Category: Gipuzkoa (page 1 of 4)

June 30, 1834: Deadly floods ravage Gipuzkoa

Although a land accustomed to used periods of intense, heavy rain, there have also been infamous examples of major flooding in the Basque Country. One such example occurred on June 30, 1834 in the Deba Valley of Gipuzkoa, and came to be known as the San Martzial Urak, the “Saint Martial Waters” (coinciding with the feast day of Saint Martial).

Source of the River Deba, near the Hermitage of Saint Columba, in Dorleta, Leintz Gatzaga. Photo by Javierme. Courtesy of Wikimedia Commons.

Source of the River Deba, near the Hermitage of Saint Columba, in Dorleta, Leintz Gatzaga. Photo by Javierme. Courtesy of Wikimedia Commons.

The River Deba forms one of the river valleys so typical of the maritime zone in the Basque Country. That June day, a major summer storm hit the valley, swelling the waters of the Deba and its tributaries to breaking levels. In the town of Antzuola, one of the worst affected places, water levels rose to nearly 15 feet in the main square and one whole neighborhood was completely flooded, uprooting 1,500 trees, destroying various homes, mills, the portico of the parish church,  and the public school, among other major damage.

Alongside Antzuola, the worst-affected towns were Leintz-Gatzaga, Eskoriatza, Aretxabaleta, Arrasate, Bergara, Soraluze, and Elgoibar. In sum, throughout the valley, nineteen mills, twenty-two bridges, seventy-six buildings, and three churches were completely destroyed and major damage done to many other edifices. As regards the human cost, many people took refuge in churches, pleading for clemency, although several of these sites were among the worst hit places.

"The water of the terrible flood of the River Deba, on June 30, 1834, reached this point." Inscription on the wall of the parish church of Santa Marina in Bergara.

“The water of the terrible flood of the River Deba, on June 30, 1834, reached this point.” Inscription on the wall of the parish church of Santa Marina in Bergara.

In the aftermath of the disaster, it was calculated that eighty-nine people had been killed by the floods–seventy-six of whom had been washed downstream and whose bodies appeared on the beach in the town of Deba itself.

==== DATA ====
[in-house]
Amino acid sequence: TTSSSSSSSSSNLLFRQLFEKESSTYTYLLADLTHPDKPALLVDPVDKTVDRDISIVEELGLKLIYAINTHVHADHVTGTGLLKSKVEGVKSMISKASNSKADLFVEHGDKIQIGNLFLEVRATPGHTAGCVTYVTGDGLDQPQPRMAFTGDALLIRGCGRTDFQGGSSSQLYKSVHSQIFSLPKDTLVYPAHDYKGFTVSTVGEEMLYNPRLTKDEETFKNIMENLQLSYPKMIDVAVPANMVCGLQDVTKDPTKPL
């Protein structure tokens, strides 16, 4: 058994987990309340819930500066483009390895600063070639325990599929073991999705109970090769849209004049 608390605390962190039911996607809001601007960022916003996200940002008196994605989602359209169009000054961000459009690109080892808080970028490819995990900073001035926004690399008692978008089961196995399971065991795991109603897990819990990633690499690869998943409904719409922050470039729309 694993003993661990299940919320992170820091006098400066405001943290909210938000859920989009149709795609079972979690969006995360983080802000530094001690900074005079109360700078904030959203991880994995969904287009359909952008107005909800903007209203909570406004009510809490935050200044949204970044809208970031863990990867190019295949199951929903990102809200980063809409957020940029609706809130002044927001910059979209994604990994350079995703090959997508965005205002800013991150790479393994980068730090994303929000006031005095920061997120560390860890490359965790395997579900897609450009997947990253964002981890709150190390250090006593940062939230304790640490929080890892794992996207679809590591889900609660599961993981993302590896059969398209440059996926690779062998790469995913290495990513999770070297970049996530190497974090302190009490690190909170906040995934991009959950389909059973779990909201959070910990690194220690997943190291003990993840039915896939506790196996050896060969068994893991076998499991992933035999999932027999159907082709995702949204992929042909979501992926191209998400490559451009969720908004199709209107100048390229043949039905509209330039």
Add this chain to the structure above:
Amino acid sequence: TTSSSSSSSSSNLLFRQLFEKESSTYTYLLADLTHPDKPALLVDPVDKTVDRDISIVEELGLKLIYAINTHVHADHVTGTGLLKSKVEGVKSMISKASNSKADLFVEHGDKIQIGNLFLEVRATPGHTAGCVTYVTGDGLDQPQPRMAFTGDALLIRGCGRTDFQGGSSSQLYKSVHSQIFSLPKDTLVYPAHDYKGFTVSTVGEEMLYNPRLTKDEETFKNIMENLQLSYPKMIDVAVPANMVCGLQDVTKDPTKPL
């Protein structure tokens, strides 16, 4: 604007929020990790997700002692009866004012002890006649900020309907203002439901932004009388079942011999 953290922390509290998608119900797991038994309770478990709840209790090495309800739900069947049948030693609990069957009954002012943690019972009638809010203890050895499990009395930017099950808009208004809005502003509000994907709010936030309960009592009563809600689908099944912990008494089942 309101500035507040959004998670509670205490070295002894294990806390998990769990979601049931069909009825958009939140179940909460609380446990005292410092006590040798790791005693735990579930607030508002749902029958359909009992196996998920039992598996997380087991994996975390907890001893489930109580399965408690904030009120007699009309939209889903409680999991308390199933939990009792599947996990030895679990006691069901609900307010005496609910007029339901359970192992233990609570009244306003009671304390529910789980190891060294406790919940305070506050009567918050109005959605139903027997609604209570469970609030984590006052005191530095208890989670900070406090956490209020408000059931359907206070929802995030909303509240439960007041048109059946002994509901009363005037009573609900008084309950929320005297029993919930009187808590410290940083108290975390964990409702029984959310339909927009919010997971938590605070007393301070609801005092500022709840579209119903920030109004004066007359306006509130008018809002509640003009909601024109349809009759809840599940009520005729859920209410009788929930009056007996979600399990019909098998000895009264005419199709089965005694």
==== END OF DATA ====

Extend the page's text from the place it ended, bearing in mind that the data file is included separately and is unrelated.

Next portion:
Source: K.O., “La inundación más catastrófica se produjo el 30 de junio de 1834,” Diario Vasco, February 23, 2014.

 

International Alert of Architectonic Heritage in Danger in Donostia

By Eneko Tuduri

This past 9th of April, the International Council of Monuments and Sites (ICOMOS, a branch of the UNESCO) launched the second international alert of architectonic heritage in danger for the Bellas Artes Palace in Donostia/San Sebastian, Gipuzkoa (Basque Country).

The Palacio Bellas Artes (Fine Arts Palace), built in 1914 by the donostiarra architect Ramon Cortázar Urruzola (1867-1945), is “one of the earliest extant examples of a purpose-built movie palace left in the Basque Country and in all of Spain”[1]. Furthermore, the Bellas is a unique innovative building built before the First World War; it follows the French typology of a Palace du Cinéma (movie palace), an eclectic type of monumental buildings, ranging between the Art Noveau and Art Decó styles.

In the first years of cinema films were shown in cafes, regular theaters and street pavilions[2]. It is only after 1907 that cinema theaters were built specifically for their purpose, such as the Gaumont-Palace cinema in Paris[3]. The Bellas Artes is clearly inspired by this cinema theater, but also receives influences from the Viennese Secession architectural style, ancient Egyptian temples and eastern pagodas[4]. Structurally, it is one of the first buildings in Spain using reinforced concrete cast in place, making it a very resistant structure and a more significant building.